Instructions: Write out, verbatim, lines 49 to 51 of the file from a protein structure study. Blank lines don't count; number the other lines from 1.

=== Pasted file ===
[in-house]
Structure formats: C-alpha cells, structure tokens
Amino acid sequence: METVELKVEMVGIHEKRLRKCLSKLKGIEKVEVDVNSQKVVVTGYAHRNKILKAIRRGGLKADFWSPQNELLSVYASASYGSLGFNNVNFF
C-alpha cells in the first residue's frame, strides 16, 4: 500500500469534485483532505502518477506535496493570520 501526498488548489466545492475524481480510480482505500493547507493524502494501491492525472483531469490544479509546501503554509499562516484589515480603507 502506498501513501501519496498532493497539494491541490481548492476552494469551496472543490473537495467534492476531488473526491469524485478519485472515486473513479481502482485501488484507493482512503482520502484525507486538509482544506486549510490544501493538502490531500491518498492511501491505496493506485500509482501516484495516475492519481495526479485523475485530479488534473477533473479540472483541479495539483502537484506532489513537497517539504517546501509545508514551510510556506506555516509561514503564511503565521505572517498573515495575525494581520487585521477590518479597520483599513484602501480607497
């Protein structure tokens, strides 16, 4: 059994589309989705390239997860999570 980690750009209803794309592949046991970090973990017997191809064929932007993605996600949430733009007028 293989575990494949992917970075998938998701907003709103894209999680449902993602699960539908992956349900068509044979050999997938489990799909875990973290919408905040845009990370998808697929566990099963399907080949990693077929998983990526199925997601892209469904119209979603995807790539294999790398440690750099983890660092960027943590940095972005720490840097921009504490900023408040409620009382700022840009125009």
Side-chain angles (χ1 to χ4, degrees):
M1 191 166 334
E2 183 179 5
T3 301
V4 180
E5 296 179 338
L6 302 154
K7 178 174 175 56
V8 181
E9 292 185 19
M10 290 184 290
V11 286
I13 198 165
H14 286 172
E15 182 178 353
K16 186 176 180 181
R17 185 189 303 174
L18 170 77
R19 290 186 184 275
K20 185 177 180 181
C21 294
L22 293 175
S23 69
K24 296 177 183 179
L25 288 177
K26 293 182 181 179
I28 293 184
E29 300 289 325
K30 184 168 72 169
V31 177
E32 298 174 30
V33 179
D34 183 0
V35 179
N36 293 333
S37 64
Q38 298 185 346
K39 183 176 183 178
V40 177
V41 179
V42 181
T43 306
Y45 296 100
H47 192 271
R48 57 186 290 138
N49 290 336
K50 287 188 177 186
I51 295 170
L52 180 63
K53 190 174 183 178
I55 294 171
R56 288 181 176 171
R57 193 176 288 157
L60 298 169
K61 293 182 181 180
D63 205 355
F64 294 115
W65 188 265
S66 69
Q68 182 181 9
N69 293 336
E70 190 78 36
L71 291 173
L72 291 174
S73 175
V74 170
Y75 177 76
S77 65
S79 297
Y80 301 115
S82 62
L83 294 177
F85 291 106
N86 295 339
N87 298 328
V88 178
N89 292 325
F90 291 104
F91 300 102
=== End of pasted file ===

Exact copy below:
H47 192 271
R48 57 186 290 138
N49 290 336